The California Master Plan for Higher Education – our founding vision, now over a half-century old – revolutionized college and university education, moving it from an elites-only enterprise to an institution expressly accessible to all Californians, regardless of background or socioeconomic circumstance.

And personally, as a beneficiary having attended a California community college, the CSU and UC as a student in the 1960s and 1970s, I know firsthand the vital individual and public value this visionary and essential plan still bestows.

As the national model and global leader in public higher education, California has reaped the benefits of the investment and foresight since 1960.

The state's economy is the sixth largest in the world. We are the global center for culture, technology and discovery – as our state’s global trade, manufacturing and agricultural output combines with contributions from the iconic Hollywood and Silicon Valley.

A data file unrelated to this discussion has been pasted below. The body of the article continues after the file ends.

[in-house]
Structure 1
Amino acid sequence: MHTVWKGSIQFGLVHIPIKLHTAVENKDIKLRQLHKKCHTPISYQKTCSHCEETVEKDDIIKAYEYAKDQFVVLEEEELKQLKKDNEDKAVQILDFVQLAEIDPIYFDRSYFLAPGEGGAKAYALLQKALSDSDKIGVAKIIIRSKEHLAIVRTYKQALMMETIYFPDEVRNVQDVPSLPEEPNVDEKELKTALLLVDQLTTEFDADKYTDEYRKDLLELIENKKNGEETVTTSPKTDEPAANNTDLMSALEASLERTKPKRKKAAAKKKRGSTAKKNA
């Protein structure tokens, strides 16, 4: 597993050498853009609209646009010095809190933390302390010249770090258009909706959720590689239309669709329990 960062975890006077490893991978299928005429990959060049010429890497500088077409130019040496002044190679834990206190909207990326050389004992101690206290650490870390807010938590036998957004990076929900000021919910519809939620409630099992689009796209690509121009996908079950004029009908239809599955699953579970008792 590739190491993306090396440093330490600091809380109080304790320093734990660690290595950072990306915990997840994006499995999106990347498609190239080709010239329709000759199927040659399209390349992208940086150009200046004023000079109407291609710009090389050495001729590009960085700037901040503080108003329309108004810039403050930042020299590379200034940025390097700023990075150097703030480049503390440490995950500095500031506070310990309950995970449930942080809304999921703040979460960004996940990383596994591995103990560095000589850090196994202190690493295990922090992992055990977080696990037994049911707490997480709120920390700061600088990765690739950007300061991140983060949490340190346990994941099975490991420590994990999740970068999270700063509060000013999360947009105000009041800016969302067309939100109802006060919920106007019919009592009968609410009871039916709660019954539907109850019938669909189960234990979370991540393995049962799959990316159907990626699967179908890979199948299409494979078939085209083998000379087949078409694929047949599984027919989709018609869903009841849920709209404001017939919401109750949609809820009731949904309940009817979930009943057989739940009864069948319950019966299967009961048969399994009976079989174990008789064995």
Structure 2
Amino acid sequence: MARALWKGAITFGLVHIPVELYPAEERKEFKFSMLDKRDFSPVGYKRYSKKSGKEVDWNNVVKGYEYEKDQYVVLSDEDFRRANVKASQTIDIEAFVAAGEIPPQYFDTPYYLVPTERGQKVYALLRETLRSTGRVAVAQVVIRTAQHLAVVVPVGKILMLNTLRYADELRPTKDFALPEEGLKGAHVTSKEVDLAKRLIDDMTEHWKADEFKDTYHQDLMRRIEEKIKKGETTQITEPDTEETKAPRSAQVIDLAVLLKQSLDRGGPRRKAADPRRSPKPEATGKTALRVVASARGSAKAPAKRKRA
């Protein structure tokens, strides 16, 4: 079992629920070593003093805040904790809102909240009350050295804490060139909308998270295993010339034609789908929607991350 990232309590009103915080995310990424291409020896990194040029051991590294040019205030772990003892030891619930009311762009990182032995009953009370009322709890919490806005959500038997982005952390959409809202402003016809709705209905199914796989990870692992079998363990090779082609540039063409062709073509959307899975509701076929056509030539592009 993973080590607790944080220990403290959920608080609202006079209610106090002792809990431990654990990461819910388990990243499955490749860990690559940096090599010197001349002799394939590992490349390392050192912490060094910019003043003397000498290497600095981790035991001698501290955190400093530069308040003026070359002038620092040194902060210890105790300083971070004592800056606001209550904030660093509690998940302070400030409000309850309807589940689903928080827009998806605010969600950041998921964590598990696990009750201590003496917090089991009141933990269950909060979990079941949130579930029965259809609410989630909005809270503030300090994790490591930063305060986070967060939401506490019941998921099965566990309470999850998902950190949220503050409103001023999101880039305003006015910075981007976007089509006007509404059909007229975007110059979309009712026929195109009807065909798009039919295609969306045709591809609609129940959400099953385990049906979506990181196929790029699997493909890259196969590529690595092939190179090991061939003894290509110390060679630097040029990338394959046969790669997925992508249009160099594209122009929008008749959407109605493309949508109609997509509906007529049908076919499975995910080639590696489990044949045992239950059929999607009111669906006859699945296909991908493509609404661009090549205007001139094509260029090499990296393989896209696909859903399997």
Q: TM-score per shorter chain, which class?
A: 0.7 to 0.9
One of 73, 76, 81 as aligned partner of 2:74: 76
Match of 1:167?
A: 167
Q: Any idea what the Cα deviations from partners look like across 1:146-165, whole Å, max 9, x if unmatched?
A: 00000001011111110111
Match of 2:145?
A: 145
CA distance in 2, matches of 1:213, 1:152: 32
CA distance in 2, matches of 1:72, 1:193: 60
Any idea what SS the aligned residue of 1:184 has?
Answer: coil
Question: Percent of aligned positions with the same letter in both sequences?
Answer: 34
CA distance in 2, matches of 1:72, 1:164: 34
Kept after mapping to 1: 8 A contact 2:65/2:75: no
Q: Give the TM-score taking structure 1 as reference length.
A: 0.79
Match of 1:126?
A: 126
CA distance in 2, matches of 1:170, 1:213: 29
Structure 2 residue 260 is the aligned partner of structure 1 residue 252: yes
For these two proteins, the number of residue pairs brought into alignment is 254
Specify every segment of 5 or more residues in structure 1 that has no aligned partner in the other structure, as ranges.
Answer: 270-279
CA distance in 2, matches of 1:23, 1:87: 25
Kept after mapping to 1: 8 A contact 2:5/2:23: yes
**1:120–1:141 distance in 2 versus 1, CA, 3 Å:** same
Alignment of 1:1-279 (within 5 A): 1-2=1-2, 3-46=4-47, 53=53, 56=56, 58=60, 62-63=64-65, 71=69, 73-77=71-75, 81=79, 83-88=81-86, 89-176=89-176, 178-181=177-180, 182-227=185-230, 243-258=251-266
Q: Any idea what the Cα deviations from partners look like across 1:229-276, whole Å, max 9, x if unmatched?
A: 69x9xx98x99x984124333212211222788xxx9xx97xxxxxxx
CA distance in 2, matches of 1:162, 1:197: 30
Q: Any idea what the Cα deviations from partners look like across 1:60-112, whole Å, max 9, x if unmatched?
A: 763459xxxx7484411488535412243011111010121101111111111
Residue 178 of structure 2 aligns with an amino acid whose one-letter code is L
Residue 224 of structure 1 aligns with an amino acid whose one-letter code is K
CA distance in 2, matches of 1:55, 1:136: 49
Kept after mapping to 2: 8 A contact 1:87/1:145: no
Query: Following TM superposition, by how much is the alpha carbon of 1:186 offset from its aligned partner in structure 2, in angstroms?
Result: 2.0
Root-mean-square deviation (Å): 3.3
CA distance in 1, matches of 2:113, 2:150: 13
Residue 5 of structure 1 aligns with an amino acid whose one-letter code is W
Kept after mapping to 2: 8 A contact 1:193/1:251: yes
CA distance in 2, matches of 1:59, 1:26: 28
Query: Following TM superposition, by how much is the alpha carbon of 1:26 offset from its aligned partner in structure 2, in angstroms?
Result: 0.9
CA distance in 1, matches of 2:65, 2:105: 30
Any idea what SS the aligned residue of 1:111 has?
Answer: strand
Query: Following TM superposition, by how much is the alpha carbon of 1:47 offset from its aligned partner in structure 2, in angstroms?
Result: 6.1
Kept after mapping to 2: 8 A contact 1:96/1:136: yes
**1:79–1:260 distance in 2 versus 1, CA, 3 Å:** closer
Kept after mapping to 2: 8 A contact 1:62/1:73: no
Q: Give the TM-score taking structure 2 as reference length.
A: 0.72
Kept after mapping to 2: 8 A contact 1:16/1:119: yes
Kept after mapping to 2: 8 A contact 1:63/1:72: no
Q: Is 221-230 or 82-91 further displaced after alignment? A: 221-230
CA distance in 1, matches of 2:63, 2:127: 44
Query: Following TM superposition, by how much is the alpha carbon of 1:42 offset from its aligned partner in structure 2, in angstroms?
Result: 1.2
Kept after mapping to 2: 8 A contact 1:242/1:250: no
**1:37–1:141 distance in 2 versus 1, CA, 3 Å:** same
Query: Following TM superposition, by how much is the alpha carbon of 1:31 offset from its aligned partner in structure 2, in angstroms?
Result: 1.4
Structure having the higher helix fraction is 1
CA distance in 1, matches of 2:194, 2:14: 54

Make no mistake. California’s success over the past fifty years is due to its highly educated, motivated and innovative workforce – made up largely of alumni from the CSU, UC and CCC.

Indeed, for California to remain an innovative powerhouse, it is dependent on a college educated workforce.

As it turns out, Adam Ruins Everything is made in California. Knowing our deep alumni network in the entertainment industry, I would imagine that a good number of the people who make the show either work with or are themselves graduates of the CSU.

So thanks, Adam, for the shout-out.

And yes, you’re right. College is absolutely critical, and the best option for an affordable, high-quality education is a public college and university like the California State University.


Timothy P. White